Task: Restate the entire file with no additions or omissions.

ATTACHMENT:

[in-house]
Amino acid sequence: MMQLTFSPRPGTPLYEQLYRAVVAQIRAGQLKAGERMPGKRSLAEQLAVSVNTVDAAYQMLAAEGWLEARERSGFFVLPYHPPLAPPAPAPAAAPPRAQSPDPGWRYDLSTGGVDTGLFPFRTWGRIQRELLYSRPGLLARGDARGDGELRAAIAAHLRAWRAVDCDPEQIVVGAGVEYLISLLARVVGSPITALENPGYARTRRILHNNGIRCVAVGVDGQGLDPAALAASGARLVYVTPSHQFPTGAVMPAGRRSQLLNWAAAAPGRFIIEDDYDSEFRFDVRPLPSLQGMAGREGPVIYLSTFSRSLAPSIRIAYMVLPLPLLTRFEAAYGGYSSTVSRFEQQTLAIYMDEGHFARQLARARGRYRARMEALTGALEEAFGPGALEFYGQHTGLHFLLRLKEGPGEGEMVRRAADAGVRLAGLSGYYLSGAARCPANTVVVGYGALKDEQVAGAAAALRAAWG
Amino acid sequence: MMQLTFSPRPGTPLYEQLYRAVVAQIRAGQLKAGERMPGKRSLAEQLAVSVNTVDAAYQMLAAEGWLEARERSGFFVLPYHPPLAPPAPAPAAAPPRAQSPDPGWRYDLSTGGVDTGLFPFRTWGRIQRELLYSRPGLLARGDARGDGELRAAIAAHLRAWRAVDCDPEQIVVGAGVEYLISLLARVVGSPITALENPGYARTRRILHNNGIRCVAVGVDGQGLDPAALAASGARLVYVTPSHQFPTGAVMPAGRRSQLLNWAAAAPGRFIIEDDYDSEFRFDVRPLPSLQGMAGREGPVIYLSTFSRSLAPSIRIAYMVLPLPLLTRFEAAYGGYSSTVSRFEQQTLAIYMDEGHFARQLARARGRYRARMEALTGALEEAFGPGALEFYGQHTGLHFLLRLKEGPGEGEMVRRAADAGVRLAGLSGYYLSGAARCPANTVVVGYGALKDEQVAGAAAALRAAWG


[in-house]
Amino acid sequence: MMQLTFSPRPGTPLYEQLYRAVVAQIRAGQLKAGERMPGKRSLAEQLAVSVNTVDAAYQMLAAEGWLEARERSGFFVLPYHPPLAPPAPAPAAAPPRAQSPDPGWRYDLSTGGVDTGLFPFRTWGRIQRELLYSRPGLLARGDARGDGELRAAIAAHLRAWRAVDCDPEQIVVGAGVEYLISLLARVVGSPITALENPGYARTRRILHNNGIRCVAVGVDGQGLDPAALAASGARLVYVTPSHQFPTGAVMPAGRRSQLLNWAAAAPGRFIIEDDYDSEFRFDVRPLPSLQGMAGREGPVIYLSTFSRSLAPSIRIAYMVLPLPLLTRFEAAYGGYSSTVSRFEQQTLAIYMDEGHFARQLARARGRYRARMEALTGALEEAFGPGALEFYGQHTGLHFLLRLKEGPGEGEMVRRAADAGVRLAGLSGYYLSGAARCPANTVVVGYGALKDEQVAGAAAALRAAWG
Amino acid sequence: MMQLTFSPRPGTPLYEQLYRAVVAQIRAGQLKAGERMPGKRSLAEQLAVSVNTVDAAYQMLAAEGWLEARERSGFFVLPYHPPLAPPAPAPAAAPPRAQSPDPGWRYDLSTGGVDTGLFPFRTWGRIQRELLYSRPGLLARGDARGDGELRAAIAAHLRAWRAVDCDPEQIVVGAGVEYLISLLARVVGSPITALENPGYARTRRILHNNGIRCVAVGVDGQGLDPAALAASGARLVYVTPSHQFPTGAVMPAGRRSQLLNWAAAAPGRFIIEDDYDSEFRFDVRPLPSLQGMAGREGPVIYLSTFSRSLAPSIRIAYMVLPLPLLTRFEAAYGGYSSTVSRFEQQTLAIYMDEGHFARQLARARGRYRARMEALTGALEEAFGPGALEFYGQHTGLHFLLRLKEGPGEGEMVRRAADAGVRLAGLSGYYLSGAARCPANTVVVGYGALKDEQVAGAAAALRAAWG